The New Green Energy Giants Challenging Exxon and BP

At-a-Glance

A decade ago, NextEra, Iberdrola and Enel were sleepy regional utilities with little name recognition. Now they are fast-growing giants with market values rivaling the likes of oil majors Exxon Mobil Corp. and BP PLC, thanks to their early all-in bets on wind and solar farms. Their early lead in the global transition away from oil has put these companies on track to become the major energy companies of the coming decades—the “green energy majors.” But they now face the threat of increased competition as some of the oil titans that have traditionally dominated the energy industry diversify into wind and solar power. To learn more, read “The New Green Energy Giants Challenging Exxon and BP.” Reading this article could require a subscription.

Key Takeaways

  • NextEra, Enel SpA and Iberdrola SA are Wall Street darlings, after Spain’s Iberdrola and Italy’s Enel became global builders of green energy projects, while NextEra became America’s largest generator of wind and solar power.
  • Enel and Iberdrola have outlined plans to substantially expand their portfolios of renewable-energy projects over the next decade with about $170 billion in collective investments.
  • Florida-based NextEra grew into America’s largest renewable energy producer by keeping debt levels low, capitalizing on federal tax subsidies available to help finance wind and solar projects around the country and reinvesting its profits to expand further. NextEra expects to have invested $60 billion in renewable energy projects between 2019 and 2022.
  • Denmark’s Ørsted A/S, a company formerly known as DONG Energy that focused on oil and gas, has transitioned into a leading player in offshore wind projects.

Path to 100% Perspective

As NextEra became more valuable than Exxon in 2020, it became increasingly clear that the status quo in energy is now in the rearview mirror and the path to 100% is nearly paved. Oil companies are not holding on to the past or unrealistic expectations for the future of energy. Instead, they are joining the race to renewables using their name recognition, influence in the energy sector and budgets to spur more competition to the benefit of those striving for a renewable energy future.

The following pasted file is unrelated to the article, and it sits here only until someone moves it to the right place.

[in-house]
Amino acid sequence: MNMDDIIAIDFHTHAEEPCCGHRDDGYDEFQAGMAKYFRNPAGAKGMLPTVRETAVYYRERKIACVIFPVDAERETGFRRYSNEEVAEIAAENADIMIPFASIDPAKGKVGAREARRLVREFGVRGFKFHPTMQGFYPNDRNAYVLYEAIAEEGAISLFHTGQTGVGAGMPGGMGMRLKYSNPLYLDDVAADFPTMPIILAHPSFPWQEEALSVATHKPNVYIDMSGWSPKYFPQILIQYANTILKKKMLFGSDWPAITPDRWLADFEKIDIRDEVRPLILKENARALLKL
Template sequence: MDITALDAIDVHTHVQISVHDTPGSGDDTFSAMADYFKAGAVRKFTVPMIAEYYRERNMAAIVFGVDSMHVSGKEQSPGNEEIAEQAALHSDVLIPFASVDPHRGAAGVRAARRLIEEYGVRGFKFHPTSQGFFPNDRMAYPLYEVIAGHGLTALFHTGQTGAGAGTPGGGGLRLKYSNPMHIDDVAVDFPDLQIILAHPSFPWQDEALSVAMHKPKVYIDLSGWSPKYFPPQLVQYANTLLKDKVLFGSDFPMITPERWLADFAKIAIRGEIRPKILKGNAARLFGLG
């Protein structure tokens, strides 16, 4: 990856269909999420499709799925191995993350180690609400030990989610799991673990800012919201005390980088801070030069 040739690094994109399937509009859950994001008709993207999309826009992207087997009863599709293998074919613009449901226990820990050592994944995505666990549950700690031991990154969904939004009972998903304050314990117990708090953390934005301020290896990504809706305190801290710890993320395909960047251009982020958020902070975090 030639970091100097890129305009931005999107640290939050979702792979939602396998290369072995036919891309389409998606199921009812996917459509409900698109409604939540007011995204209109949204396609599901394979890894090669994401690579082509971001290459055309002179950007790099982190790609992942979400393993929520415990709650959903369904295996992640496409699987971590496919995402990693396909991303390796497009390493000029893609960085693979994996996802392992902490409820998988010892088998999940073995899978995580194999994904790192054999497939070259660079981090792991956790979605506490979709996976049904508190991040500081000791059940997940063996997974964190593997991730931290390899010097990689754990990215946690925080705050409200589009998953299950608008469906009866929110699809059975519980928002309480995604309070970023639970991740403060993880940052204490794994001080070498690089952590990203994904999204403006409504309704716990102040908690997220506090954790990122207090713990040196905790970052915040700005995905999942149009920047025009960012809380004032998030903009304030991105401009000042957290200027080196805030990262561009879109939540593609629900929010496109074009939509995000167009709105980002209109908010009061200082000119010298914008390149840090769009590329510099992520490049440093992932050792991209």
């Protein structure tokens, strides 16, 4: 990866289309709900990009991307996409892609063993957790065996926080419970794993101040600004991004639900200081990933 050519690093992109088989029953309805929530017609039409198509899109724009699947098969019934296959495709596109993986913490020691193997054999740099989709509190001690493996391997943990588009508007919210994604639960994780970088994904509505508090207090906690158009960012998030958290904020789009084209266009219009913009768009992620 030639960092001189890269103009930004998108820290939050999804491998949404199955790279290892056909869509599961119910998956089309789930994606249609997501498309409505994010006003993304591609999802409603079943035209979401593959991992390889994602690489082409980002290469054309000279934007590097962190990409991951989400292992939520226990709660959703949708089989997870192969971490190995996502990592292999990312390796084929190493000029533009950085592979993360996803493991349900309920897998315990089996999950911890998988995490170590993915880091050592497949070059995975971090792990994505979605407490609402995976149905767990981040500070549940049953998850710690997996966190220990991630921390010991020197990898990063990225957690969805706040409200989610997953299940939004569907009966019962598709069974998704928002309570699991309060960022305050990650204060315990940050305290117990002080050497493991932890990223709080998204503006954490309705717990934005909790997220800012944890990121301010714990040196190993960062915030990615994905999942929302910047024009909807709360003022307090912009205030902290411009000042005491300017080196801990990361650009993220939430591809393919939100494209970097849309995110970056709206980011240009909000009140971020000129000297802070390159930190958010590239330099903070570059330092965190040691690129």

Photo by Efe Kurnaz on Unsplash

NextEra Now More Valuable Than Exxon as Clean Power Eclipses Oil

At-a-Glance:

NextEra Energy Inc., the world’s biggest provider of wind and solar energy, is now more valuable than oil giant Exxon Mobil Corp., once the largest public company on Earth. NextEra ended Wednesday, October 7, with a market value of $145 billion, topping Exxon’s $142 billion. The oil major’s U.S. rival, Chevron Corp., also surpassed it in value for the first time. To learn more, read “NextEra Now More Valuable Than Exxon as Clean Power Eclipses Oil.” (Reading this article requires a subscription.)

Key Takeaways:

  • NextEra has emerged as the world’s most valuable utility, largely by betting big on renewables, especially wind.
  • NextEra had about 18 gigawatts of wind and solar farms at the end of last year, enough to power 13.5 million homes. And it’s expanding significantly, with contracts to add another 12 gigawatts of renewables. Its shares have surged more than 20% this year.
  • At the same time, Exxon’s shares have tumbled more than 50% as the pandemic quashed global demand for fuels. The company’s second-quarter loss was its worst of the modern era and, in August, Exxon was ejected from the Dow Jones Industrial Average.
  • The company was worth $525 billion in 2007, more than three times its current value.

Path to 100% Perspective:

The global economic shift away from fossil fuels continues to become more evident as more public commitments are being announced and financial milestones such as this one are making history. However, continued efforts to reach renewable energy goals are still being monitored worldwide as organizations and governments are piecing together innovative solutions and strategic partnerships designed to pave a path to a renewable energy future.

 

Photo: Gustavo Quepón on Unsplash